Electronic offertory: Clear benefits for parishioners and parishes

By Scot Landry

Do you remember what it was like before computers? Before email? Before cell phones?

While these technological advances have only been around for 10 to 20 years, it is hard for many of us that rely on them to remember clearly how we got things done before we had these tools. They have revolutionized the way we communicate and share information.

A similar evolution is taking place in the way Catholics support their parishes. Someday it is likely Catholics will look back at the era of placing envelopes, checks or cash into a weekly collection basket the same way that most of us look now at utilizing a typewriter to compose a letter.

In my household, most of our payments now are done electronically and completed monthly. My wife and I do this for convenience and for easier budgeting and record keeping. Nationally, statistics bear out that more than half of all payments are made electronically, either through online bill pay, credit cards, or EFTs (electronic fund transfers directly from your checking or savings account). Yet, until recently, our parish did not have an option to contribute to them electronically.

About 20 percent of parishes in the Archdiocese of Boston are now receiving a large number of electronic contributions. I’m convinced that there are parishioners in all of our parishes who would benefit from having this as an option. And there are clearly many benefits for parishes that adopt this new method of support.

Electronic contributions are an evolution of the way Catholics have practiced stewardship over the centuries. Stewardship involves the recognition that our blessings come ultimately from God and that God calls us to share these blessings with those in need, often through the Church.

Roughly about 50 years ago, the concept of weekly offertory envelopes took hold because most working Catholics were paid weekly they managed their finances on a week-to-week basis. This is not generally true today. Most companies pay employees either one or two times per month and many households plan their expenses monthly or even annually, driven by mortgage payments, car payments, utility bills, or large annual (or semi-annual) bills like taxes and tuition. Many Catholics also report that they definitely carry less cash than they did 10 years ago, instead relying on credit cards, debit cards and more frequent trips to the ATM for daily expenses.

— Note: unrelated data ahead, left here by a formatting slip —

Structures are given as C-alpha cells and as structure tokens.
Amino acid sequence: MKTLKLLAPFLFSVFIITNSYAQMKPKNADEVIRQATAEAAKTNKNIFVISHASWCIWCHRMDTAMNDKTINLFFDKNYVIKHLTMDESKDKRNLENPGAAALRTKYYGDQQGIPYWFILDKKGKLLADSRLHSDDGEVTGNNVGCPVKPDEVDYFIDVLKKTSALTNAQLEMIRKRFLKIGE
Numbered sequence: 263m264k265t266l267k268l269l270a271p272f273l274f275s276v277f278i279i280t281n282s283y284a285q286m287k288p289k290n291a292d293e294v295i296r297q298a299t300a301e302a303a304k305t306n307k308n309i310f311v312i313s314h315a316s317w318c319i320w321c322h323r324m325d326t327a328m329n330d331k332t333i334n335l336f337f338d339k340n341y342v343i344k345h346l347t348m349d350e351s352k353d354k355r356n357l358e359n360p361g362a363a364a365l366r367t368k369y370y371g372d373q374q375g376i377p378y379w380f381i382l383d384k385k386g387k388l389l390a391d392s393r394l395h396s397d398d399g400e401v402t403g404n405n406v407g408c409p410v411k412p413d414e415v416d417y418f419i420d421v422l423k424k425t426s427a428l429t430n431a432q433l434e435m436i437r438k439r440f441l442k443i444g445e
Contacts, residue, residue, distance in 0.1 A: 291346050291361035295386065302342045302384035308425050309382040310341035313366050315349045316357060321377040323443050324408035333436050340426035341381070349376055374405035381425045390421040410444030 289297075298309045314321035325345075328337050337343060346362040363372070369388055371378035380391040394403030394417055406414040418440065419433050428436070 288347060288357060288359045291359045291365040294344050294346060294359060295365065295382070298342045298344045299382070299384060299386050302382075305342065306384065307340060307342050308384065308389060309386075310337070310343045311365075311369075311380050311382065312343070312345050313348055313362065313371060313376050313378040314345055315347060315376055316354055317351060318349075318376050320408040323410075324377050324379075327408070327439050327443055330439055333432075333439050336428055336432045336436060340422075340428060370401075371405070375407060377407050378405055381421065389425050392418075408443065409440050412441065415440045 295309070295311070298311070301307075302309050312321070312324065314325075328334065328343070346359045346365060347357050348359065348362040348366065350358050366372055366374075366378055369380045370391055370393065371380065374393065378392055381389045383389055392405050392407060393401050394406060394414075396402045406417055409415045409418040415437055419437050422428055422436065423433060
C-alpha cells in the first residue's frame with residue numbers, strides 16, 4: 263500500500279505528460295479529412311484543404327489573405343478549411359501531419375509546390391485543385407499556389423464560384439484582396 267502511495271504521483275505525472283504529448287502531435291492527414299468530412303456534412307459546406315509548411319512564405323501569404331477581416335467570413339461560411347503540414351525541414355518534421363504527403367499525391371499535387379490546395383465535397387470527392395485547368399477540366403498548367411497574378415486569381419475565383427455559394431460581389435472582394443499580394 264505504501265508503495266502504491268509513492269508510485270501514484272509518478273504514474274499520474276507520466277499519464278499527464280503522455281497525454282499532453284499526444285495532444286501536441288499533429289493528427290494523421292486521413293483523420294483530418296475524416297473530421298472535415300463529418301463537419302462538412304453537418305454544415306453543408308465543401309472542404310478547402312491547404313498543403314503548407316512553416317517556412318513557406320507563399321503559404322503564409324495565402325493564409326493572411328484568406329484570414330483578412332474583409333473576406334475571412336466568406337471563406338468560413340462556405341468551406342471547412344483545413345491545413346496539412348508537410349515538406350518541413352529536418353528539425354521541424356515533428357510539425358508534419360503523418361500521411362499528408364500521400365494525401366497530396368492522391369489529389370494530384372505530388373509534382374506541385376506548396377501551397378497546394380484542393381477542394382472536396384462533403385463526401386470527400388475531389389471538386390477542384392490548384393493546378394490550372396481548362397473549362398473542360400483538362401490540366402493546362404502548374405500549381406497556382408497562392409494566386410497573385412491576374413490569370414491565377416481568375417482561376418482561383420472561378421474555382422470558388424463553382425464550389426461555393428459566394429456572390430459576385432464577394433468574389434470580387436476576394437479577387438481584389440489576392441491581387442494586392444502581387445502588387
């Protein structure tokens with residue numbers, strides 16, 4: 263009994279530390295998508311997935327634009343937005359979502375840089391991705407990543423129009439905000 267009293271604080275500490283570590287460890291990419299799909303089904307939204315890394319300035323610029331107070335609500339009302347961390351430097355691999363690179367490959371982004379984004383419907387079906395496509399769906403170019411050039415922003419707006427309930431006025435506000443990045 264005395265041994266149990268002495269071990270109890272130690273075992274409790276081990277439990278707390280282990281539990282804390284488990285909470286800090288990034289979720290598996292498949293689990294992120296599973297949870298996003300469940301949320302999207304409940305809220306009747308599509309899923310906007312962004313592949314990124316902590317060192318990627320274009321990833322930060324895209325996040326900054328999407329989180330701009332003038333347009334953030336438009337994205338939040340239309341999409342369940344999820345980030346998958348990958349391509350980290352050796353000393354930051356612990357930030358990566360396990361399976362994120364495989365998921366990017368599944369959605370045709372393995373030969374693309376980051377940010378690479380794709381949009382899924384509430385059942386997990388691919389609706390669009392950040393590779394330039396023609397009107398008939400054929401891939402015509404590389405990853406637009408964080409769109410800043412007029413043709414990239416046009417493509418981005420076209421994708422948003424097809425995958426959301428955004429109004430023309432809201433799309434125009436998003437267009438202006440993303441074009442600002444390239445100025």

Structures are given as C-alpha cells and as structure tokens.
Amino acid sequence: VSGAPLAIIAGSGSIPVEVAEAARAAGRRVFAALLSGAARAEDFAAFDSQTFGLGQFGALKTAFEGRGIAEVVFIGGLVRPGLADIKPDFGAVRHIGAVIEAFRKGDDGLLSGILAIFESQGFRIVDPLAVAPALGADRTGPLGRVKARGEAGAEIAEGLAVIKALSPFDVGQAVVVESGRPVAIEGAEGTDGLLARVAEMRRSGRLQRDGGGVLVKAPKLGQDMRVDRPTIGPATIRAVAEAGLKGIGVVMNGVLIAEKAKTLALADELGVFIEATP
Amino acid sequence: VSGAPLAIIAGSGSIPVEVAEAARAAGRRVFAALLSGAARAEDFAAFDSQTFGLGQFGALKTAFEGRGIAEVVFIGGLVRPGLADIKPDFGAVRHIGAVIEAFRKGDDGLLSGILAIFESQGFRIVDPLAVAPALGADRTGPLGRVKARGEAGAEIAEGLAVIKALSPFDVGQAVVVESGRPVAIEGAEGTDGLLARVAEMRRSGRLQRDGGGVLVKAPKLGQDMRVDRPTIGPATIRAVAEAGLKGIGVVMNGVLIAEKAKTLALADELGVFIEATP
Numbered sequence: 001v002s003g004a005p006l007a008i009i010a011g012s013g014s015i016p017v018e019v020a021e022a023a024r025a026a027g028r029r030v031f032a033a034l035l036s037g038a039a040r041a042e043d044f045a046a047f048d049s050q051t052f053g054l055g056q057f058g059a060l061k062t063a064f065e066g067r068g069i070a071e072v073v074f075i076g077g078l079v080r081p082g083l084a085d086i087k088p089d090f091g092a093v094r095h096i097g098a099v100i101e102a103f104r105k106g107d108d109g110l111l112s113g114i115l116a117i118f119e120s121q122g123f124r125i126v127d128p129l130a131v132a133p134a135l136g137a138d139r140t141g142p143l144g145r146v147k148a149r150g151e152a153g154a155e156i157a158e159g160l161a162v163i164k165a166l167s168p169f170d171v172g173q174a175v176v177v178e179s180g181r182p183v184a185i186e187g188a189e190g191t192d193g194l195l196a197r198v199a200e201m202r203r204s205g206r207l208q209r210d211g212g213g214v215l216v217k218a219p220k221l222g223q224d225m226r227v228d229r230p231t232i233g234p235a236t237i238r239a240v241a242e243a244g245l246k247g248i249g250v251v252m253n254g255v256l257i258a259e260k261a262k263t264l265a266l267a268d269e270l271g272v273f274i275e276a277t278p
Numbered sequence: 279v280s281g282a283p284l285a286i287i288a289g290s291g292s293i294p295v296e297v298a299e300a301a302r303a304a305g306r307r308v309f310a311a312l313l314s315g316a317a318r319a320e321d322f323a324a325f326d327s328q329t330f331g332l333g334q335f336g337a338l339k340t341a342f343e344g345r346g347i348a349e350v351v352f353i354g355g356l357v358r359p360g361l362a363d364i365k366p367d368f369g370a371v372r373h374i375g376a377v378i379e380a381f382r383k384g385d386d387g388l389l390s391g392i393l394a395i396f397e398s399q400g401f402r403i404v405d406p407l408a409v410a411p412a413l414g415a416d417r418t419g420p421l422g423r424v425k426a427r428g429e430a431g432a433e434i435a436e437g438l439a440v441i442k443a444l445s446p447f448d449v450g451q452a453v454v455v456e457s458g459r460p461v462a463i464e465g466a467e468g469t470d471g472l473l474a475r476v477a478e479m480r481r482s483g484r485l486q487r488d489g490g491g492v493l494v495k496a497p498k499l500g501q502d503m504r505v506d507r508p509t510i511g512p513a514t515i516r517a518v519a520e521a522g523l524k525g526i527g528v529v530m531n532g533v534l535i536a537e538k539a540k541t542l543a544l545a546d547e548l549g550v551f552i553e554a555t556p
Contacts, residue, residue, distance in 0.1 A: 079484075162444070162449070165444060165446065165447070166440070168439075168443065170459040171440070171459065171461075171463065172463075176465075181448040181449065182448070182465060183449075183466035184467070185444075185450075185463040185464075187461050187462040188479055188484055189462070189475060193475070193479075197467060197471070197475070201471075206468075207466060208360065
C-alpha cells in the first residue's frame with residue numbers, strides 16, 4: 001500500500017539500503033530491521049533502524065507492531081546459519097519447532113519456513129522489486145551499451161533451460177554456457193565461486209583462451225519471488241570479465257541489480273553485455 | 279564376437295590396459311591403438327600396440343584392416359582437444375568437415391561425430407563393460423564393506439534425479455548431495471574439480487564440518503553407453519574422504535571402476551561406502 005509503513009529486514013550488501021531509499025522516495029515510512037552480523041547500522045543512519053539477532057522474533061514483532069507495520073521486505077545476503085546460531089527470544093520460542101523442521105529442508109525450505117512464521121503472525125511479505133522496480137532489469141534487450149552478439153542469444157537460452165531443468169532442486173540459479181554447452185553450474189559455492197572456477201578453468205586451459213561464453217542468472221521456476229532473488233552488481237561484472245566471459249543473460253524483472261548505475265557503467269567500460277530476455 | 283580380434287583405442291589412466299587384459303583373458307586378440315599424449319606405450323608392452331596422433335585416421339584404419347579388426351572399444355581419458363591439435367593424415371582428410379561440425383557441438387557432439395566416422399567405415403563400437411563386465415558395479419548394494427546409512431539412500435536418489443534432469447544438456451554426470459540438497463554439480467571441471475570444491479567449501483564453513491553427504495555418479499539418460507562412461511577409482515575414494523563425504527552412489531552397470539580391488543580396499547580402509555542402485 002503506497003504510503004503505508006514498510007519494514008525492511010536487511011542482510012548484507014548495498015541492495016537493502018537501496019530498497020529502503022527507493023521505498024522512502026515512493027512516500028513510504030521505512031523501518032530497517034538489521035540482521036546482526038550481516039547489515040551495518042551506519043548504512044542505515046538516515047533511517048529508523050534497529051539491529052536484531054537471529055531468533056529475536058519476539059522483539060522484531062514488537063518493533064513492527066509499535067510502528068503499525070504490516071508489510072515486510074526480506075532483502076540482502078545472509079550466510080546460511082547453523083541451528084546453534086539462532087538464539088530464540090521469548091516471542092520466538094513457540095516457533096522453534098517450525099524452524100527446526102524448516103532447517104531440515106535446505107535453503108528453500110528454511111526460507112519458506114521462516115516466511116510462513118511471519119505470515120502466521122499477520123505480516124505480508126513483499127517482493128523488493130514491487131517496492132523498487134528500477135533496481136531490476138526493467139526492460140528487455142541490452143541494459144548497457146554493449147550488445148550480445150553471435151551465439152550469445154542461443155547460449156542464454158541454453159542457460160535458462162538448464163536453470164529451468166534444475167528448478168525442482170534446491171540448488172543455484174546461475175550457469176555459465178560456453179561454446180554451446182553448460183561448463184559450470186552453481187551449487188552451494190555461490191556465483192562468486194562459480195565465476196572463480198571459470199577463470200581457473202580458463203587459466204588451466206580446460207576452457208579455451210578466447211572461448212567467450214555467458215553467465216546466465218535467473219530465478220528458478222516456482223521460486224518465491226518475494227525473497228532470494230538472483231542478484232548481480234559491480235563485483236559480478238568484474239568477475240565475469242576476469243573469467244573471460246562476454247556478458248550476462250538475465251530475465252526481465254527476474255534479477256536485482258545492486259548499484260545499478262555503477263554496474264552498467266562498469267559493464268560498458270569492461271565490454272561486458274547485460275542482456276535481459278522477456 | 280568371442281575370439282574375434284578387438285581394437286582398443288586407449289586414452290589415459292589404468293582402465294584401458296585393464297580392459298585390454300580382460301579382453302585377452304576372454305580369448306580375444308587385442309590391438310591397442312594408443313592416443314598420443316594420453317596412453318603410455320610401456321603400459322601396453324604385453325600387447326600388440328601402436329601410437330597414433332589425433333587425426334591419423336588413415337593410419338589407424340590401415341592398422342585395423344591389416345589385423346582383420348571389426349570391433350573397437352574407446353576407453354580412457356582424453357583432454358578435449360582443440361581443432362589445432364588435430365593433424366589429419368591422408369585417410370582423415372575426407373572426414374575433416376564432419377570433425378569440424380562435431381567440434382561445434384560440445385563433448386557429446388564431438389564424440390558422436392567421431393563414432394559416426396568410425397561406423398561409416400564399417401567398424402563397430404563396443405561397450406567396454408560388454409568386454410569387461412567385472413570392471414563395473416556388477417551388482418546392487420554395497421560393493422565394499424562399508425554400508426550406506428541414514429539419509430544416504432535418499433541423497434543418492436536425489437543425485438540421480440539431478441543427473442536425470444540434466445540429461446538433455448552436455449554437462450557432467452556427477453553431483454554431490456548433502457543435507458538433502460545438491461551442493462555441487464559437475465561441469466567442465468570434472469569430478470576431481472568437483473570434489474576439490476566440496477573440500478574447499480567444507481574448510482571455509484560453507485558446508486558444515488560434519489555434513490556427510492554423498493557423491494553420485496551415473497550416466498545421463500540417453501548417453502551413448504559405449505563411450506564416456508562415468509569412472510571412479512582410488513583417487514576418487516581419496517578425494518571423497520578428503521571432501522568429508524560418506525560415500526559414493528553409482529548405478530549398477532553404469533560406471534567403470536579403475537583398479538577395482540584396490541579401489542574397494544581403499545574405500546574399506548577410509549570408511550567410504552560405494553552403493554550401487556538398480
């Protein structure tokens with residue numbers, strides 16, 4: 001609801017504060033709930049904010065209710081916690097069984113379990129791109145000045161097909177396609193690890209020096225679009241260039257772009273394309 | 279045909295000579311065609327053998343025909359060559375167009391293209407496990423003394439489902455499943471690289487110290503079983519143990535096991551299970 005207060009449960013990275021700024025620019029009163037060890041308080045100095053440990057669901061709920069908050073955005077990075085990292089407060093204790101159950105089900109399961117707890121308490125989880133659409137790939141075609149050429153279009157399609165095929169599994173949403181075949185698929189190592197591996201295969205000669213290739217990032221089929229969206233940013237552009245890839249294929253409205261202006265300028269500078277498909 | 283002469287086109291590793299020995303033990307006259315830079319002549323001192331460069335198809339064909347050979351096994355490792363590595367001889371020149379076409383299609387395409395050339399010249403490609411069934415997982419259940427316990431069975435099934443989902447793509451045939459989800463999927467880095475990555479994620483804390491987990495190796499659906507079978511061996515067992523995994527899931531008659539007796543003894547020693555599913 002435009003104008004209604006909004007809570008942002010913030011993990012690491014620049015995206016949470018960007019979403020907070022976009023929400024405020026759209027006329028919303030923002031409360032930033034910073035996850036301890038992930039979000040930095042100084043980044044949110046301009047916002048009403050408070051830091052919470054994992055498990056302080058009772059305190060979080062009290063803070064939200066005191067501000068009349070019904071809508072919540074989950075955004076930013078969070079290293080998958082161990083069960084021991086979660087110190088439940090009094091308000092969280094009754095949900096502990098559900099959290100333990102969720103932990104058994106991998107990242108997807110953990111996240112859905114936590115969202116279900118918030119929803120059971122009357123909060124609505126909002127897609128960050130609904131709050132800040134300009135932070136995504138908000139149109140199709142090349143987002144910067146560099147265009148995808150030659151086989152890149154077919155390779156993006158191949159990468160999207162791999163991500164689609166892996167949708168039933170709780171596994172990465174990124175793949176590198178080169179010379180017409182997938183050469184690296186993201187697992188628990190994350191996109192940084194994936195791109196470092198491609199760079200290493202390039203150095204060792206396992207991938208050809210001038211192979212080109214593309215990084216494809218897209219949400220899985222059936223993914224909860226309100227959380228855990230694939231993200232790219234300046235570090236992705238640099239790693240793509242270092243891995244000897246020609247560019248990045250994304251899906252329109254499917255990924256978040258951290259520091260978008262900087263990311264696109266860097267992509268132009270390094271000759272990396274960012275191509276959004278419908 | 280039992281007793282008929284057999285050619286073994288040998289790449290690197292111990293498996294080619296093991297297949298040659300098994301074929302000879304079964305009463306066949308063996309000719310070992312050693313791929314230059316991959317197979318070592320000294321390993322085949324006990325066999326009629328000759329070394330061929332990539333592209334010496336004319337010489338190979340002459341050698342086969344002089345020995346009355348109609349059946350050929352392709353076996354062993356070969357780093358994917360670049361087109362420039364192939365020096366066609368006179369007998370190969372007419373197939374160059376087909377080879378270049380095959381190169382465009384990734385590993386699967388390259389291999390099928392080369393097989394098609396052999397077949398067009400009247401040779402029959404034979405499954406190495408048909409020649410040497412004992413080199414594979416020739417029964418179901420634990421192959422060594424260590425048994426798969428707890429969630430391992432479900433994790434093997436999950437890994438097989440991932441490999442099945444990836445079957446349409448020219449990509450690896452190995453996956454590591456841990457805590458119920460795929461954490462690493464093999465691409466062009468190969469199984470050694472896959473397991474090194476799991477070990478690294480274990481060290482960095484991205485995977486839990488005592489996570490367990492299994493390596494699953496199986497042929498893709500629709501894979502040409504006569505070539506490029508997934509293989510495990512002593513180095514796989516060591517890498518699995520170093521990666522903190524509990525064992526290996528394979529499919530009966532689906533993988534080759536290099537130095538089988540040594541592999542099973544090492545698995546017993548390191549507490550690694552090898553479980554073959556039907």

So, the concept of electronic offertory is an attempt to update the way we encourage church support. It integrates church support into the way many Catholics are managing their finances and allocating their resources — with a piece reserved to share with others and give back to God.

For parishioners, electronic offertory can be much more convenient, allowing us to demonstrate a consistent commitment to our parishes, and enabling us to be reflective, not reflexive, in our support of the Church. Let me illustrate this last point. Prior to signing up for envelopes, I put cash in the offertory collection. If I intended to give $10 in the offertory collection but in my pocket I only had a $1 and a $20 bill, I faced a tough (“reflexive”) choice about which bill to give. With offertory envelopes, I typically now write out checks for the first and second collections on Sunday morning before heading to Church. But what if our family travels? Because Americans travel more than they used to, the offertory collection experiences a lot of variability. As many families know, it is tough to make longer-term plans if you don’t know how much income you can expect in a given week. With electronic offertory, parishioners typically commit to a level of support to their parish on a monthly basis for the year. This then becomes a “reflective” decision.

For parishes, the benefits of electronic offertory are many. The major benefit is that parish income is more consistent because parishioners make a monetary commitment to the parish. In a lot of cases, parish income goes up because parishioners continue to support the parish even when they aren’t there because of illness, travel, or weather. It also simplifies the work required to keep accurate records of donations and provide annual contribution statements to each parishioner (now required by the IRS to take deductions).

How does electronic offertory work? Most service providers allow parishioners to sign up online, via telephone or on a printed form to be mailed or faxed in. Typically around the 5th of a month, the monthly contribution is securely charged to the parishioner’s credit card or securely debited from the parishioner’s bank account via an electronic funds transfer. The providers email parishioners a few days prior to the date to alert them to the upcoming charge and allow them to increase the amount, decrease it or “skip a payment” if necessary. Each of the providers offer an option for parishioners to still “place something in the offertory basket,” typically a card or envelope that indicates you’ve given electronically or a card in which the parishioner can include a prayer to be brought up with the offertory.

Catholics, young and old, across the country are adopting electronic offertory at a rapid pace. It has worked to help parishes and parishioners in the suburbs and the inner-cities. Might it work well for you and your parish?

Parishes can learn more about Electronic Giving at the Fall Fundraising Forum on November 19. For more information, call 617-779-3704.

Scot Landry is Secretary for Institutional Advancement at the Archdiocese of Boston.

This article was published in The Pilot on November 13, 2009.

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